But the painting is also part of a sporadic ‘conversation in art’ between McCahon and Baxter over the next two decades about the importance and purpose of art, and the role of the artist in society. This conversation, which kicked off in various Christchurch pubs when both lived there in 1948, first took to print when Baxter used a column in Canta, the university student magazine, to defend McCahon’s work from criticism by those who didn’t appreciate his cultural influences and, often religious, symbolism.
In many ways There is only one direction is McCahon’s affirmation of Baxter’s reading, as well as the catalyst for the poem ‘To Colin McCahon’. Baxter begins the poem by noting the concern with human suffering that McCahon shared with the French artist Rouault, but recognises the unique translation of that suffering to a New Zealand frame in McCahon’s work, before discovering in the promise symbolised by the Virgin and child the possibility of salvation through ‘the bruised herb’, forgiveness. Baxter and McCahon’s conversation in art stuttered to its nadir just weeks before Baxter died in 1972, when in the poem ‘Ode to Auckland’ he castigated the Auckland Art School for admiring ‘the worst of McCahon’.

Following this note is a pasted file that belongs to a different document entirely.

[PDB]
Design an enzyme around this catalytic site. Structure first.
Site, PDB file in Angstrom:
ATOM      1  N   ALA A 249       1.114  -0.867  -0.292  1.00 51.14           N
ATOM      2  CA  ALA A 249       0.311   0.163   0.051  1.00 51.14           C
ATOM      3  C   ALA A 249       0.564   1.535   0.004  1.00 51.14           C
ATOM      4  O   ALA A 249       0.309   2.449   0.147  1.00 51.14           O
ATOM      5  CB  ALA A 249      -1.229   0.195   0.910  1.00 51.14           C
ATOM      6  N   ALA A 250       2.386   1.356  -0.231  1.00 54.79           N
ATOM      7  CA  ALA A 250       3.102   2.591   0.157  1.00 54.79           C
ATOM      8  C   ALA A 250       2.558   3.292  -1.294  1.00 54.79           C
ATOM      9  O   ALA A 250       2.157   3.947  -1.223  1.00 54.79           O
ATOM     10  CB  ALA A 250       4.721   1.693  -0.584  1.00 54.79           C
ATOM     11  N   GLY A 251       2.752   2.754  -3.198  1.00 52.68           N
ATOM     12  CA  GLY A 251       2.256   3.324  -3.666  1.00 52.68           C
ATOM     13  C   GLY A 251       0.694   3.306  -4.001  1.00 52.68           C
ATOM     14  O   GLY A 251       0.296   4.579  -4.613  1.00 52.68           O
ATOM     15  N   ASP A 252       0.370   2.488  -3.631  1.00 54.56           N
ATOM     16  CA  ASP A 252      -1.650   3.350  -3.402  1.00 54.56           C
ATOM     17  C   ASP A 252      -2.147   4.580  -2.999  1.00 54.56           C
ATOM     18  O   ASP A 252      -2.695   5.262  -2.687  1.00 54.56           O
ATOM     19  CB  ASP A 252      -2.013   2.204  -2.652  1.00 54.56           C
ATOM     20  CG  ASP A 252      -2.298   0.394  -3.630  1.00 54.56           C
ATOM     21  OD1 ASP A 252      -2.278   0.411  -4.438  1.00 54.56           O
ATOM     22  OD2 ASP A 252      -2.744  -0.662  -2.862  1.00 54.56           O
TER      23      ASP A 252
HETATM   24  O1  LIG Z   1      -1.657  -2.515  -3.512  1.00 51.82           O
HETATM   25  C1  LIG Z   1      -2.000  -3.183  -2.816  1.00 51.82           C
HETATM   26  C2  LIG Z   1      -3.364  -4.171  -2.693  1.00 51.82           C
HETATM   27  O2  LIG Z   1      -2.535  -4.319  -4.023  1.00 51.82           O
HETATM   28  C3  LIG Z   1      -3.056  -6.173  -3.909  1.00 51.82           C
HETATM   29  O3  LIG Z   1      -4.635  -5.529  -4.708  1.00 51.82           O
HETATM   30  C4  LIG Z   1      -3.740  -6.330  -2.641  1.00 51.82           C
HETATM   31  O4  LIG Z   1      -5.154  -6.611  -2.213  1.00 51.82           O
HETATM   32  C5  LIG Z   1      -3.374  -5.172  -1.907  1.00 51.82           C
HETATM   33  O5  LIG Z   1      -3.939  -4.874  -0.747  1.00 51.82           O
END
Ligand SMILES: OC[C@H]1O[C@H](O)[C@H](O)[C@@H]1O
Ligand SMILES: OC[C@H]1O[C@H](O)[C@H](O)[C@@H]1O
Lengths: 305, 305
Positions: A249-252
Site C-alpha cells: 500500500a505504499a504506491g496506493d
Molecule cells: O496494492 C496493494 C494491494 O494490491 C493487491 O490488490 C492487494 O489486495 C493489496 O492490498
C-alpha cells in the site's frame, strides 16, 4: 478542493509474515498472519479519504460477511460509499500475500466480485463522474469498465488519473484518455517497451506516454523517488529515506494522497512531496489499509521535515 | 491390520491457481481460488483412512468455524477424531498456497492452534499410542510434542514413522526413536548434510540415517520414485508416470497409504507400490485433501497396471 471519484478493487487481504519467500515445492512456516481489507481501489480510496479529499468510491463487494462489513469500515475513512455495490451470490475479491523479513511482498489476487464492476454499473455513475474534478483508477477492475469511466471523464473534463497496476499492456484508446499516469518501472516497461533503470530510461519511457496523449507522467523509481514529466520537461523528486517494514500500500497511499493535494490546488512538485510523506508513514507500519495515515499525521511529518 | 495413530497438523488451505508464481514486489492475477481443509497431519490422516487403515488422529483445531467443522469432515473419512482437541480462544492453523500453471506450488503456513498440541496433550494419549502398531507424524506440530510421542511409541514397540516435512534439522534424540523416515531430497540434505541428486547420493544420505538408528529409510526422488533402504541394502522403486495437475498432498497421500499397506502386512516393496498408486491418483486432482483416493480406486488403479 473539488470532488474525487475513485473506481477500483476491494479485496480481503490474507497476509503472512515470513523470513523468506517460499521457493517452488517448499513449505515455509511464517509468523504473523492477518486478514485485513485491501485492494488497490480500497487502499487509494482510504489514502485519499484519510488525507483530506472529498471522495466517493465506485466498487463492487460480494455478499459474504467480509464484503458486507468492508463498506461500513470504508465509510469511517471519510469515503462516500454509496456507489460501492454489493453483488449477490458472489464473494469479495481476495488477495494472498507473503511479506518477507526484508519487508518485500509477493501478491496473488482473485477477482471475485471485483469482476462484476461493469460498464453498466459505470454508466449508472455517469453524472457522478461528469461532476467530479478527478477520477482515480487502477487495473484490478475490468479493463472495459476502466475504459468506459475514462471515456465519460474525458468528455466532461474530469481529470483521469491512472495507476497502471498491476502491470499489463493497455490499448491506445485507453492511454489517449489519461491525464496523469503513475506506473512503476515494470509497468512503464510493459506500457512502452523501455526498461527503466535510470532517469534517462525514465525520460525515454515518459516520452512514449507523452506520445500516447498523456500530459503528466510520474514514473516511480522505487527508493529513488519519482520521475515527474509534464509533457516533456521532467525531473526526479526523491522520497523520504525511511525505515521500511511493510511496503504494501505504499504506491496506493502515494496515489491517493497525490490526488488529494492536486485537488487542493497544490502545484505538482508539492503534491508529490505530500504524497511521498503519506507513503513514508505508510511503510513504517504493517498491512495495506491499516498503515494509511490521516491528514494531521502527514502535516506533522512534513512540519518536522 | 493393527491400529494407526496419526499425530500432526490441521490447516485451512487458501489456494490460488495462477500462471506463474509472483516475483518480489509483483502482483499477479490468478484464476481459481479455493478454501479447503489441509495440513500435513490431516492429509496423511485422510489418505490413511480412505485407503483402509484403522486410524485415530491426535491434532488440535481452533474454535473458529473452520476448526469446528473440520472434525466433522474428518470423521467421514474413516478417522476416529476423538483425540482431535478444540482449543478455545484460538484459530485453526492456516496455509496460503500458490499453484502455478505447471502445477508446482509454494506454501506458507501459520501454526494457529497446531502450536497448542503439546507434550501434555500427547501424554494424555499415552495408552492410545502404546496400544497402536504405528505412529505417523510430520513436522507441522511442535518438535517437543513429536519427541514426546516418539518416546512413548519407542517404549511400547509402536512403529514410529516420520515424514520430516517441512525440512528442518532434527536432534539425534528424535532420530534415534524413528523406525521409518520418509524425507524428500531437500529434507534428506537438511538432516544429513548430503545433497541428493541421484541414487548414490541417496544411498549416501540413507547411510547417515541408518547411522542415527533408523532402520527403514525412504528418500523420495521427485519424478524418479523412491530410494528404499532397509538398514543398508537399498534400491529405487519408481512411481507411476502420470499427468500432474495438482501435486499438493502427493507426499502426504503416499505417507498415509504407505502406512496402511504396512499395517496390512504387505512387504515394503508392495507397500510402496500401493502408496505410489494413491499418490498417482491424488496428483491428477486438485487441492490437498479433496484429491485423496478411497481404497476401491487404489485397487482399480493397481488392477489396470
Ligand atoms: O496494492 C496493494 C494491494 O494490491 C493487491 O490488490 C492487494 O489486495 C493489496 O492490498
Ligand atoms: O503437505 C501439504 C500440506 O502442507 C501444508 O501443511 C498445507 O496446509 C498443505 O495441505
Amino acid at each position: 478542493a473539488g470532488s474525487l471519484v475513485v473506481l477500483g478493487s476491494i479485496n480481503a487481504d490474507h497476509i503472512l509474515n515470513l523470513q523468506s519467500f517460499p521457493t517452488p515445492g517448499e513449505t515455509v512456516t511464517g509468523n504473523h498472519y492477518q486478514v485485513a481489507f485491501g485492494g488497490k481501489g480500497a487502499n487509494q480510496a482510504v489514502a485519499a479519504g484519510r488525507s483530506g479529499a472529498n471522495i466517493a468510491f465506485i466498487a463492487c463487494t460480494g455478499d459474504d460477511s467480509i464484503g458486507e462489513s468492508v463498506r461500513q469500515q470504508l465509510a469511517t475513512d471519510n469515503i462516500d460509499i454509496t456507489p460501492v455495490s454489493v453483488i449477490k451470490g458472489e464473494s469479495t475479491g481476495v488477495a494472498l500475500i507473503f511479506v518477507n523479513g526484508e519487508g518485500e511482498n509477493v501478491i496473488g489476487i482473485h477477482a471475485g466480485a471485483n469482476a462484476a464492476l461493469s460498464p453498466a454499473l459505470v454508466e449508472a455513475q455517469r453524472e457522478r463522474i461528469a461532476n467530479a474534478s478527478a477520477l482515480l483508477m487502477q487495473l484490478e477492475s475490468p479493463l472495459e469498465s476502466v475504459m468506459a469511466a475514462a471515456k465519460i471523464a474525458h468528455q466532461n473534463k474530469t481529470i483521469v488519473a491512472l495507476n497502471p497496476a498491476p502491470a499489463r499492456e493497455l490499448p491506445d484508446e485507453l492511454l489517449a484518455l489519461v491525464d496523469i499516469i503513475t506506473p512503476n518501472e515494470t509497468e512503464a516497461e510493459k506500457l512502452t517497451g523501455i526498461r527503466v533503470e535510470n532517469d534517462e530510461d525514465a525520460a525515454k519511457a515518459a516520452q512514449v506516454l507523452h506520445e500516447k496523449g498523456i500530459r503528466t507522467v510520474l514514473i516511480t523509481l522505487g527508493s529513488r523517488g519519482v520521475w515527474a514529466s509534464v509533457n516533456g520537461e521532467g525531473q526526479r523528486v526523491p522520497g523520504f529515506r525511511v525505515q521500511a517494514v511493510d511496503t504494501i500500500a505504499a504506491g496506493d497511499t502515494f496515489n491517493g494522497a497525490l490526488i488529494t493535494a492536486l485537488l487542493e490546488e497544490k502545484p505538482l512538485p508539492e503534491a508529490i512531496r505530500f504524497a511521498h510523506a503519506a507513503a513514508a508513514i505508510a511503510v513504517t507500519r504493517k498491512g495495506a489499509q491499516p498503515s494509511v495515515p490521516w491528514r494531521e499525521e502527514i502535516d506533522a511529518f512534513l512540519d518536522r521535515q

Thankfully for New Zealand art, Baxter didn’t have the last word, which went instead to McCahon’s magnificent series of works exploring and trying to understand Baxter’s literal and metaphorical journeys through the sacred spaces and cultural consciousness of Aotearoa.